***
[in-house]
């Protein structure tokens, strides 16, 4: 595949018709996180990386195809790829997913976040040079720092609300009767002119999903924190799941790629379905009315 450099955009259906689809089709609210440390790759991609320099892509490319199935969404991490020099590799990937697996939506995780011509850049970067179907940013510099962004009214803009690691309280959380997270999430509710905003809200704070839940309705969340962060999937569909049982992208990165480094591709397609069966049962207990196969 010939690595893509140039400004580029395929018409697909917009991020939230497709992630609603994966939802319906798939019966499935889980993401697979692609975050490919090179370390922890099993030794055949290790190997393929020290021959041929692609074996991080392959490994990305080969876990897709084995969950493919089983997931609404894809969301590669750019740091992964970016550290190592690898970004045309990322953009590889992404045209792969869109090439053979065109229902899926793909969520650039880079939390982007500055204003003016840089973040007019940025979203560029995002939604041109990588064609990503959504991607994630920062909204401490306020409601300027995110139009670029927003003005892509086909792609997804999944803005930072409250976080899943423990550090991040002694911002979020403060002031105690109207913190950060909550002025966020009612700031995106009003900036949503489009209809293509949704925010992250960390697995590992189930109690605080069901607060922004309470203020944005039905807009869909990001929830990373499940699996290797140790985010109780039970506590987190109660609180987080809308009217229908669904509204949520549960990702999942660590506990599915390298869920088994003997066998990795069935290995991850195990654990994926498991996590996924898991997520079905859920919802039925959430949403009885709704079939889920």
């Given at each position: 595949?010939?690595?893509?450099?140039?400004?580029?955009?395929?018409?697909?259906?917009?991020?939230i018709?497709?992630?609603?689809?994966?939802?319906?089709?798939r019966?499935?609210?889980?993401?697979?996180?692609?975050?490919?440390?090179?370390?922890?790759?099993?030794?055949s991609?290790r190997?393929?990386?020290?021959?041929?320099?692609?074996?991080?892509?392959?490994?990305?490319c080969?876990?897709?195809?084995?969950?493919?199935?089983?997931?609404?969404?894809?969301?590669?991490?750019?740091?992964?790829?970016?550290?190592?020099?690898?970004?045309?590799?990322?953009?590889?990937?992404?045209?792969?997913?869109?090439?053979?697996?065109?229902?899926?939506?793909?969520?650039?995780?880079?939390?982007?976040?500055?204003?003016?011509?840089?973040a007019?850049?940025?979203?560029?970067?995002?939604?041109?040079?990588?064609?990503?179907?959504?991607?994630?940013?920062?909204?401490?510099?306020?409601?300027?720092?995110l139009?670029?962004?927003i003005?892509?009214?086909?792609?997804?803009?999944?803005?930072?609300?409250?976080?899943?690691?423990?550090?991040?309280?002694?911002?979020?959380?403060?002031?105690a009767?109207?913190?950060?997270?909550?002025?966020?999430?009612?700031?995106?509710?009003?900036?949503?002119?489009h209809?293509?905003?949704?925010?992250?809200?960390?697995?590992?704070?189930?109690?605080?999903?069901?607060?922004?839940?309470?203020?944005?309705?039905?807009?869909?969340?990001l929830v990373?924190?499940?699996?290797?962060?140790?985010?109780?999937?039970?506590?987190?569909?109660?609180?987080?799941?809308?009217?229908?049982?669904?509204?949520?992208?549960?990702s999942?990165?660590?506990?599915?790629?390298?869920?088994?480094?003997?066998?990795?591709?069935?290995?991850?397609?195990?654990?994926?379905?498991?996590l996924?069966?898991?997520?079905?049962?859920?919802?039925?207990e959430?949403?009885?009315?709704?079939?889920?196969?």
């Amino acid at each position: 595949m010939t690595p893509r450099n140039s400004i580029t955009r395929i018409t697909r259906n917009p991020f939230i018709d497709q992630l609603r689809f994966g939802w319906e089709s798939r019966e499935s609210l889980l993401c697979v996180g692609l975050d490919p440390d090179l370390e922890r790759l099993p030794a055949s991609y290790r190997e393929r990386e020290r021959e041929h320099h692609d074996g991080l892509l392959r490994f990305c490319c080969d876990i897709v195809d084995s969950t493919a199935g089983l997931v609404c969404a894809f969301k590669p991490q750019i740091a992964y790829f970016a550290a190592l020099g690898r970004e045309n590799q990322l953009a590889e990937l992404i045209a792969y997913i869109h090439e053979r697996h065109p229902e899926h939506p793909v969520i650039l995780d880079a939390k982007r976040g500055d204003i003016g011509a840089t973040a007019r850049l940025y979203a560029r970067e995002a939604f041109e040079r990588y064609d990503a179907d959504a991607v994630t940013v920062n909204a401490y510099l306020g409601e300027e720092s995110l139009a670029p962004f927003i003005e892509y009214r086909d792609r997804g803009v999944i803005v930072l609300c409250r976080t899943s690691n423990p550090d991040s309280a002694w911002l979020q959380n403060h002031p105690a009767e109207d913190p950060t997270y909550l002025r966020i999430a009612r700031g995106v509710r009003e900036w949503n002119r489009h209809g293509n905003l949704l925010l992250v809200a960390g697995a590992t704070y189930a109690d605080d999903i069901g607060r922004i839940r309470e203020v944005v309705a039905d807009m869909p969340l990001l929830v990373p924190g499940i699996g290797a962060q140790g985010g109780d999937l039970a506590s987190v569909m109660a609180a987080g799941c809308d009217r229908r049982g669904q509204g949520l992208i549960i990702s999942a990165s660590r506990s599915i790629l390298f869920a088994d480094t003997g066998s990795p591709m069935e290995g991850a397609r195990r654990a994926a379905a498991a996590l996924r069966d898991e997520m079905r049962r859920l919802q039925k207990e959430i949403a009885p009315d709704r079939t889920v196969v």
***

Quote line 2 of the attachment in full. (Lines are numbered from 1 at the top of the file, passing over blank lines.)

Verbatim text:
């Protein structure tokens, strides 16, 4: 595949018709996180990386195809790829997913976040040079720092609300009767002119999903924190799941790629379905009315 450099955009259906689809089709609210440390790759991609320099892509490319199935969404991490020099590799990937697996939506995780011509850049970067179907940013510099962004009214803009690691309280959380997270999430509710905003809200704070839940309705969340962060999937569909049982992208990165480094591709397609069966049962207990196969 010939690595893509140039400004580029395929018409697909917009991020939230497709992630609603994966939802319906798939019966499935889980993401697979692609975050490919090179370390922890099993030794055949290790190997393929020290021959041929692609074996991080392959490994990305080969876990897709084995969950493919089983997931609404894809969301590669750019740091992964970016550290190592690898970004045309990322953009590889992404045209792969869109090439053979065109229902899926793909969520650039880079939390982007500055204003003016840089973040007019940025979203560029995002939604041109990588064609990503959504991607994630920062909204401490306020409601300027995110139009670029927003003005892509086909792609997804999944803005930072409250976080899943423990550090991040002694911002979020403060002031105690109207913190950060909550002025966020009612700031995106009003900036949503489009209809293509949704925010992250960390697995590992189930109690605080069901607060922004309470203020944005039905807009869909990001929830990373499940699996290797140790985010109780039970506590987190109660609180987080809308009217229908669904509204949520549960990702999942660590506990599915390298869920088994003997066998990795069935290995991850195990654990994926498991996590996924898991997520079905859920919802039925959430949403009885709704079939889920």